Hormonal abnormalities associated with the hypothalamic-pituitary-adrenal axis have been associated with depression, including hypercortisolism.26–29 It has been hypothesized that depression may be associated with insulin resistance secondary to hypercortisolism, based on the effect of elevated plasma glucocorticoid levels to decrease insulin sensitivity.18,30 However, these studies of glucose regulation in depression have generally failed to characterize subjects' level of adiposity, activity level, caloric intake, family history of diabetes, or the longitudinal course of changes in insulin secretion or action.

Although positron emission tomography studies of individuals with depression have described a pattern of impaired central nervous system glucose metabolism,31,32 it is not clear how this is related to peripheral changes in glucose metabolism. In vitro evidence indicates that circulating insulin levels can regulate glycogen storage within brain glia.33In addition, in vivo human studies support a relationship between chronic peripheral changes in glucose metabolism and central nervous system cognitive responses to an acute glucose challenge.34 To a large degree,however, the relationship between peripheral changes in glucose metabolism and central changes in brain energy metabolism remains unexplored.

Little is known about the behavioral and environmental factors associated with depression that may relate to risk of hyperglycemia and diabetes, such as socioeconomic status, sedentary lifestyle, diet, smoking, and others. This kind of information is important to evaluating the relative contributions of depression per se, related behavioral changes, and environmental factors to the development or worsening of hyperglycemia in certain individuals. The observation that other major psychiatric conditions, such as schizophrenia,are similarly associated with an increased risk of diabetes and related cardiovascular mortality compared to the general population35suggests that common factors, such as changes in nutrition, activity level,socioeconomic status, and access to medical care, may be important. Identification of these factors will be critical to directing public health efforts at risk reduction.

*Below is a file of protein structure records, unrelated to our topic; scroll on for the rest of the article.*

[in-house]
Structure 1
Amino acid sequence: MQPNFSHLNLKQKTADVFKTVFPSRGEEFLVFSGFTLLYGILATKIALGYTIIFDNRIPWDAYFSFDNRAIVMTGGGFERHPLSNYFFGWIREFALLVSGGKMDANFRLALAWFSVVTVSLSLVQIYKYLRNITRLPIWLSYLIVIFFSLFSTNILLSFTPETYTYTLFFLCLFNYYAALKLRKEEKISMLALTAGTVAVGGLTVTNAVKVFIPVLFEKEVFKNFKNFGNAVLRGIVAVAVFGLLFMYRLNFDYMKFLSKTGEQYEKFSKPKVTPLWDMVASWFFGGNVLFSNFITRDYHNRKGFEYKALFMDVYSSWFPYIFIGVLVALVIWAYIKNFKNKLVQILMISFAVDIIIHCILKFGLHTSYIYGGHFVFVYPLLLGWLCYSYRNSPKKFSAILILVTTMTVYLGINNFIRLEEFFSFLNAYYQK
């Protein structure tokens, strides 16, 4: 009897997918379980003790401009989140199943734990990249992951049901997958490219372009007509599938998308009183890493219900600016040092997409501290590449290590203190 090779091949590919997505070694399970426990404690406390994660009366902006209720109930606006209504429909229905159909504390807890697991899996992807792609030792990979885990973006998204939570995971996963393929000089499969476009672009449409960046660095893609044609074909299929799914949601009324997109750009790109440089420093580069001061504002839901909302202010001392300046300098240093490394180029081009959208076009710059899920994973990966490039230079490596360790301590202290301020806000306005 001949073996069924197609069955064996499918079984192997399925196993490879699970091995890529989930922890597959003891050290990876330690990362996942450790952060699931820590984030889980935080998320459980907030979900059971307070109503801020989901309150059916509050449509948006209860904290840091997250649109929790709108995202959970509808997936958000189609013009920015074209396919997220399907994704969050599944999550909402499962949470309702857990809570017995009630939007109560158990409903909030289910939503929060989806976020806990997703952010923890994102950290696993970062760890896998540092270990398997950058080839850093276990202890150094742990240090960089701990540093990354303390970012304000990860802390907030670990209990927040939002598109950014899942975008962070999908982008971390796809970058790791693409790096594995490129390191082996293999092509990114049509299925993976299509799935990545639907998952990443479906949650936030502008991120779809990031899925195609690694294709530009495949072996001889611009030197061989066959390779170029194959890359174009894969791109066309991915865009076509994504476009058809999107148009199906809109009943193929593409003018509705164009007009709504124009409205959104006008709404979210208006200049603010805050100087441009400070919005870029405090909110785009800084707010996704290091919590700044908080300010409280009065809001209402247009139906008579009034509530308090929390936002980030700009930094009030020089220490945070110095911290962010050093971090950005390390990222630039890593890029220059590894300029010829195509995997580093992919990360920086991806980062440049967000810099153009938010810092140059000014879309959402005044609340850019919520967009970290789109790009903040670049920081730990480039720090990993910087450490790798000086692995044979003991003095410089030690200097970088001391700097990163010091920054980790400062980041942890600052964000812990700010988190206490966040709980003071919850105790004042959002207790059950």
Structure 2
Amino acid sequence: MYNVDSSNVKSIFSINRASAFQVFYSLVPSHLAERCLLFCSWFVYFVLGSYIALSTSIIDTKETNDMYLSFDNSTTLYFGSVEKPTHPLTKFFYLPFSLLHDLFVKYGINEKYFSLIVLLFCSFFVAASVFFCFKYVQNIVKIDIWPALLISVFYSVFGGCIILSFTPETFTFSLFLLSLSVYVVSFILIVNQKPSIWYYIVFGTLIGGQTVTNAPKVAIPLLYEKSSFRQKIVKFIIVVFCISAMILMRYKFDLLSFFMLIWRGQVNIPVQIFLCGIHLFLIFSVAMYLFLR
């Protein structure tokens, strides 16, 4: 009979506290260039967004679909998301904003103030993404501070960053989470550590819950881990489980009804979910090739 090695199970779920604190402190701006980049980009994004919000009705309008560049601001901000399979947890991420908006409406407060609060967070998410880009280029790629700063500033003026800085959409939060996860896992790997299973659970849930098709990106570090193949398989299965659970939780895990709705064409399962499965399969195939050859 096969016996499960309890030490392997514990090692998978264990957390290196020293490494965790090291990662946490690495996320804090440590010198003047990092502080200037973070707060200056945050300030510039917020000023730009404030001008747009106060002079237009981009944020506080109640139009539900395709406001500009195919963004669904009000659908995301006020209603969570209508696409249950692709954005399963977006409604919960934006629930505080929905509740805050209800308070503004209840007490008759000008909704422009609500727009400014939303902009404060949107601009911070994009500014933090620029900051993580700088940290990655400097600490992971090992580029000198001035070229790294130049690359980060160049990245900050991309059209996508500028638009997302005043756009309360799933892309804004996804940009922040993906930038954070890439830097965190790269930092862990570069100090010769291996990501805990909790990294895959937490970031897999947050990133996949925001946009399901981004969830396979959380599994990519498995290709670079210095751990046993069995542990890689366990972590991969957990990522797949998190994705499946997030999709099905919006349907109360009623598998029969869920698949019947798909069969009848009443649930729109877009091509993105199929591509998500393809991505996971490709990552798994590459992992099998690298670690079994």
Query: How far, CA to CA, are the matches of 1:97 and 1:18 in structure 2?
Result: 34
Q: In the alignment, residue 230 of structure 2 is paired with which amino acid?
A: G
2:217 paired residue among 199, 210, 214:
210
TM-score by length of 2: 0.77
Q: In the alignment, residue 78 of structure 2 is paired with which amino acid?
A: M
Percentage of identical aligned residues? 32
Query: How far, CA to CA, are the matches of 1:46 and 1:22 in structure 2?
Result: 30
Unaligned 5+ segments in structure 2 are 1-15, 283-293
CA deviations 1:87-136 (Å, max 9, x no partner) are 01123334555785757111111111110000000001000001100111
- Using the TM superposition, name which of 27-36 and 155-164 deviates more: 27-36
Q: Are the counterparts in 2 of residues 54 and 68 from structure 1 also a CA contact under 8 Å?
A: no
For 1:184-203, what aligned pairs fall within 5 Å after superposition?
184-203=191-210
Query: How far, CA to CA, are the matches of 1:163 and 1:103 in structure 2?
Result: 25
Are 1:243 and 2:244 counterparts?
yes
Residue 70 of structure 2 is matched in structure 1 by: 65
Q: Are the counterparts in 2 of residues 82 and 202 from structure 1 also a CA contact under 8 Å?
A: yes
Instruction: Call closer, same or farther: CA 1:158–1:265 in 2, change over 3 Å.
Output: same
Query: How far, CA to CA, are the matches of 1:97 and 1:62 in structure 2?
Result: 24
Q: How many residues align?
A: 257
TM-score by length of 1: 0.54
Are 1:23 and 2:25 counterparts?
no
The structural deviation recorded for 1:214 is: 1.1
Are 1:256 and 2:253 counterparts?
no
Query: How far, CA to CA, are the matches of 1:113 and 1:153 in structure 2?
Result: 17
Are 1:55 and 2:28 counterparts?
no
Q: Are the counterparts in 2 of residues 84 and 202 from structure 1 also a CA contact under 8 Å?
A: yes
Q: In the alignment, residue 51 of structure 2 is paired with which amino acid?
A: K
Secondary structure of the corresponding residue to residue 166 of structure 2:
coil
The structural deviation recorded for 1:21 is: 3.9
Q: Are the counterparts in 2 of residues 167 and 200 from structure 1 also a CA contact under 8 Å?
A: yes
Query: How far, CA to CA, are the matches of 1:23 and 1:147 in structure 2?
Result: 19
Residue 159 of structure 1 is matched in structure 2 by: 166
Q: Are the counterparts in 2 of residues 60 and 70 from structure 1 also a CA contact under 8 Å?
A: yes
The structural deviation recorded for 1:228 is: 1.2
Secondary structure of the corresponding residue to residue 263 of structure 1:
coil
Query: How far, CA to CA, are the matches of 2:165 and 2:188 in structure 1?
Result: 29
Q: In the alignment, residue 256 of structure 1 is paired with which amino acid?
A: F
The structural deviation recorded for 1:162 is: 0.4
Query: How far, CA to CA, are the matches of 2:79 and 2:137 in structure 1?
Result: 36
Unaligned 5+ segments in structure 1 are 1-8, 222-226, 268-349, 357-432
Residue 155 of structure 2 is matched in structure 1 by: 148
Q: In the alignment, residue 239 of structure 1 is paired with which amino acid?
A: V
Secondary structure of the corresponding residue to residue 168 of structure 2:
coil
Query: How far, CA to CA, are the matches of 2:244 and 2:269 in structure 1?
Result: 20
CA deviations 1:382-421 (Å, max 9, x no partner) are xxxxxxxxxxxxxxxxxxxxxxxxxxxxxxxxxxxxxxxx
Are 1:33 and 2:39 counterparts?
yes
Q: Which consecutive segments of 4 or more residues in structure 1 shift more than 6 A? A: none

Accurate targeting of primary and secondary prevention efforts may be even more important in those patients with depression or other psychiatric conditions where pharmacotherapy (e.g., certain antipsychotic medications) can make an adverse contribution to disturbances in glucose and lipid metabolism. Treatment-induced increases in adiposity along with related, and in some cases unrelated, changes in glucose and lipid metabolism can contribute to overall risk. This increasingly recognized iatrogenic problem increases the importance of identifying all the other factors that can increase risk for patients,particularly when changing medications is not an option. Given the combined public health significance of major mental illness and diabetes, and the association between the two, further research is necessary to identify modifiable risk factors, characterize their contributions to disease, and design optimal interventions that maximize health outcomes.

Dan Haupt, MD, is an instructor in psychiatry, and John Newcomer, MD,is an associate professor of psychiatry at Washington University School of Medicine in St. Louis, Mo.

Note of disclosure: Dr. Haupt has received research support from Abbott Laboratories and honoraria from Abbott, AstraZeneca Pharmaceuticals,Bristol-Myers Squibb (BMS), Janssen Pharmaceuticals, Pfizer Inc., and Sanofi-Synthelabo. He has also served as a consultant for Abbott, AstraZeneca,BMS, and Janssen. Dr. Newcomer has received research support from Janssen, Eli Lilly and Company, Pfizer Inc., AstraZeneca, and BMS. He has also served as a consultant for Janssen, Eli Lilly, Pfizer, AstraZeneca, BMS, and GlaxoSmithKline, and he has received honoraria from Janssen, Pfizer,AstraZeneca, BMS, and Sanofi-Synthelabo. These companies manufacture products for the treatment of depression and other affective disorders.